In recent weeks, thousands of troops from Saudi Arabia, the United Arab Emirates, Bahrain, Qatar and Egypt have poured into the country, occupying areas around the southern port city of Aden and the northern province of Marib and setting the stage for a massive assault on the capital of Sana’a, which has been controlled by the Houthi since last fall. Armed and trained by the US military, these forces are preparing to unleash even more carnage against Yemen’s civilians.

If the High Commissioner truly desires to bring to justice the culprits responsible for the mass suffering being inflicted on the population of Yemen, they will not be hard to find. He could start by calling for the indictment of US President Barack Obama and his administration on war crimes charges for their role in facilitating the onslaught fronted by the Saudis.

The Obama administration has routinely relied on the filthy and blood-soaked Saudi monarchy to serve as its gendarme on the Arabian Peninsula, enforcing American imperialist interests with the utmost brutality. With the full support of the Obama administration, the Saudi monarchy sent its military into neighboring Bahrain in 2011 to crush mass protests and prop up the US-backed dictatorship of King Hamad bin Isa Al Khalifa.

Earlier this month, Obama, the Nobel Peace Prize laureate, welcomed with open arms Saudi beheader-in-chief, King Salman bin Abdulaziz Al Saud, to the White House, where they held friendly discussions about a number of issues important to US interests in the Middle East, including the ongoing assault in Yemen.

The coalition of US puppets led by Saudi Arabia have deployed their American-supplied jet fighters, dropping American bombs guided by American intelligence, in an effort to reinstate the government of President Abdrabuh Monsour Hadi.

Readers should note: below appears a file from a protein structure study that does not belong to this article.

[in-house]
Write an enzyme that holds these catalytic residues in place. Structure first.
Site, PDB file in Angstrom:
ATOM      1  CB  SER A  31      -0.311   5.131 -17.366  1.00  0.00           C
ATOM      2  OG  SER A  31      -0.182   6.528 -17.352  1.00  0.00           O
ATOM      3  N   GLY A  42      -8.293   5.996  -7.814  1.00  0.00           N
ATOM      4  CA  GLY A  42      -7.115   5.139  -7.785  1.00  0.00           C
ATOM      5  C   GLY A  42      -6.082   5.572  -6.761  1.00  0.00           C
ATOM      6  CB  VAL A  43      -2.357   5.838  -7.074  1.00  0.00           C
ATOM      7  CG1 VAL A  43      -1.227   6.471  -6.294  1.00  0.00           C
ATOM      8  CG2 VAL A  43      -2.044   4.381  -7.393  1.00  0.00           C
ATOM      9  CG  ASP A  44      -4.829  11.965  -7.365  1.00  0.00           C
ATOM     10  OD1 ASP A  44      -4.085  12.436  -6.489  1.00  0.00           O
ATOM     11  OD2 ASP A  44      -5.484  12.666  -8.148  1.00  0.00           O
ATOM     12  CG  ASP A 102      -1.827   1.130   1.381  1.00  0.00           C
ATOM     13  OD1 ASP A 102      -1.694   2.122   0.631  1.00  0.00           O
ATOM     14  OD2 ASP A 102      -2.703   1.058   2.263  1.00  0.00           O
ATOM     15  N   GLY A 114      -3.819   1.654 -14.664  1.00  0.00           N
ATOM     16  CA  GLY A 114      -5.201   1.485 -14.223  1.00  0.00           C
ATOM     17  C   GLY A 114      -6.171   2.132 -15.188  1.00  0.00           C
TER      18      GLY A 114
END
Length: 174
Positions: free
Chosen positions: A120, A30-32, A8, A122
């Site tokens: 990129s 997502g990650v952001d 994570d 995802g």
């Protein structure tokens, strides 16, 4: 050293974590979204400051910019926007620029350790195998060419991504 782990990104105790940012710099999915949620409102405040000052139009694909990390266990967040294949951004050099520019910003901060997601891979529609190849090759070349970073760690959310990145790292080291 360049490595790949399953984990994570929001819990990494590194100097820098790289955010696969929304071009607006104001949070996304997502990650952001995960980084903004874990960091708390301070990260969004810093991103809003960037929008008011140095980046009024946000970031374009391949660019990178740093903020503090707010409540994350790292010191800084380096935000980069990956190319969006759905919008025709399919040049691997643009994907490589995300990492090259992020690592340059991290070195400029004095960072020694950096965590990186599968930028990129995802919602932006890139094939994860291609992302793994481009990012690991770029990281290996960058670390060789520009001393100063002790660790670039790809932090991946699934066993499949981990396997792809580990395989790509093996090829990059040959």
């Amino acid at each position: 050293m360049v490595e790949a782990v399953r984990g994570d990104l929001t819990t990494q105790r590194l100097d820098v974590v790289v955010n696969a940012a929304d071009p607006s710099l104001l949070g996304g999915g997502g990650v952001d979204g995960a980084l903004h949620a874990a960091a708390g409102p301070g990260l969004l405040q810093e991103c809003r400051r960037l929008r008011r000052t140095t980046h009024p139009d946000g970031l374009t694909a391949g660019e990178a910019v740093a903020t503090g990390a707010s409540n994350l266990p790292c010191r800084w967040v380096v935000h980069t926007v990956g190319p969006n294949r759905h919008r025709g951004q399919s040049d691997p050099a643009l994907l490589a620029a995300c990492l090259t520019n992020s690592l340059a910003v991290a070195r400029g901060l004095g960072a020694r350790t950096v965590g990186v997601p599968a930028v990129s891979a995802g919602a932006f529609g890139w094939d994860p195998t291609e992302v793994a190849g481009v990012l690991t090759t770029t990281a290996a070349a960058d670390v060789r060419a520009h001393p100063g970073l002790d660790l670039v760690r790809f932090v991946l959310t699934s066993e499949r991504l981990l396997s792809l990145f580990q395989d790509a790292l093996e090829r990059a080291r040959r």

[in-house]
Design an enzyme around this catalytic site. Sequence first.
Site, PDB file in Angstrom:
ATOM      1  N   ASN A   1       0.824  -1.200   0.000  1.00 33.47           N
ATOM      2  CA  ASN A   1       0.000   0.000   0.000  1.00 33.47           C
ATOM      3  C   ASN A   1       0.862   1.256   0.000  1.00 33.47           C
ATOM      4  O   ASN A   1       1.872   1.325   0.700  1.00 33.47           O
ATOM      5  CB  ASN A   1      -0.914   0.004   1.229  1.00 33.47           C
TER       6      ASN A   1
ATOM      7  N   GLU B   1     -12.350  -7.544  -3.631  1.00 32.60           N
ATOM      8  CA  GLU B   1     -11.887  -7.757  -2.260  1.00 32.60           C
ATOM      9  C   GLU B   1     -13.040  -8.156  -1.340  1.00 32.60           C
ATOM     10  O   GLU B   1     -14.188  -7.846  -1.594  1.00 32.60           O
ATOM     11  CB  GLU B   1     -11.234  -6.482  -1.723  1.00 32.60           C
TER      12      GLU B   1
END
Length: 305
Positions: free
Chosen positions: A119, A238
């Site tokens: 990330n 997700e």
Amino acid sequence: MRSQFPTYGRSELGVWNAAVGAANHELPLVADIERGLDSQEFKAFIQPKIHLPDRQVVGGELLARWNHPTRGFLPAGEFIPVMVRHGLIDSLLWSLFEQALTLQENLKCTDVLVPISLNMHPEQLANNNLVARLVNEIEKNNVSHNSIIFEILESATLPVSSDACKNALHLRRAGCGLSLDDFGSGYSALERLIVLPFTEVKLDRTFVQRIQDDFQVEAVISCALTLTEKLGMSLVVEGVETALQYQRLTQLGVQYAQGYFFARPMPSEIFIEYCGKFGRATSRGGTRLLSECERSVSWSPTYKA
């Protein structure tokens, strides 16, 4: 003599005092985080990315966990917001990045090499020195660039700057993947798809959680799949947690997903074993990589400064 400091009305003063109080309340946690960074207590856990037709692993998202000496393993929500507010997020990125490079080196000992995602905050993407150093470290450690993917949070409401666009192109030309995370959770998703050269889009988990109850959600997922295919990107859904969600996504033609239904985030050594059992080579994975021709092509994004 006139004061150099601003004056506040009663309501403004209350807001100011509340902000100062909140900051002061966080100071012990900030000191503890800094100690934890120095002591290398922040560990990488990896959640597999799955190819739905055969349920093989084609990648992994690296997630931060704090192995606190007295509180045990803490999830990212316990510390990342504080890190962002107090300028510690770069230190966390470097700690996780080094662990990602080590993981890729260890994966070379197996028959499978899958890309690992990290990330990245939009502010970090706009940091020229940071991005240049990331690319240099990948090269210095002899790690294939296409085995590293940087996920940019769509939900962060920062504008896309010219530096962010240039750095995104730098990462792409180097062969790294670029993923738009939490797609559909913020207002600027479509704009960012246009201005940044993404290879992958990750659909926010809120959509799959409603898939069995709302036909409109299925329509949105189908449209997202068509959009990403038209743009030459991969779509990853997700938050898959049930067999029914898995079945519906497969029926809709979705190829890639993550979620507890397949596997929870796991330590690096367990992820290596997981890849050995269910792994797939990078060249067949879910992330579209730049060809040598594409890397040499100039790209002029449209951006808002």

The beleaguered president established a government in exile in Riyadh after being forced to flee by Houthi militias, which took over much of the country’s western provinces this spring with the backing of former longtime head of state Ali Abdullah Saleh.

The Obama administration has not only provided Saudi Arabia and its coalition partners with bombs, military intelligence and other logistical support in its air campaign. American refueling planes have been flying daily missions to ensure that coalition warplanes can keep pounding targets throughout the country around the clock. American advisers are vetting targets and working alongside Saudi officers in an operations center in Riyadh, which is overseeing military operations in Yemen.

To coincide with the Saudi monarch’s visit to the US, it was announced that the Pentagon had reached a deal to sell Saudi Arabia one billion dollars’ worth of bombs, refilling the stockpiles which have been drawn down by unrelenting airstrikes against the Yemeni population. The Obama administration previously struck a 20-year, $60 billion weapons deal with Saudi Arabia in 2010, the largest in US history, agreeing to sell them, among other things, modern fighter jets and attack helicopters.

Now in its sixth month, the war has plunged the country into the depths of a humanitarian disaster. Human rights organizations estimate that 21 million people, approximately 80 percent of the country’s population, are in need of some form of humanitarian aid.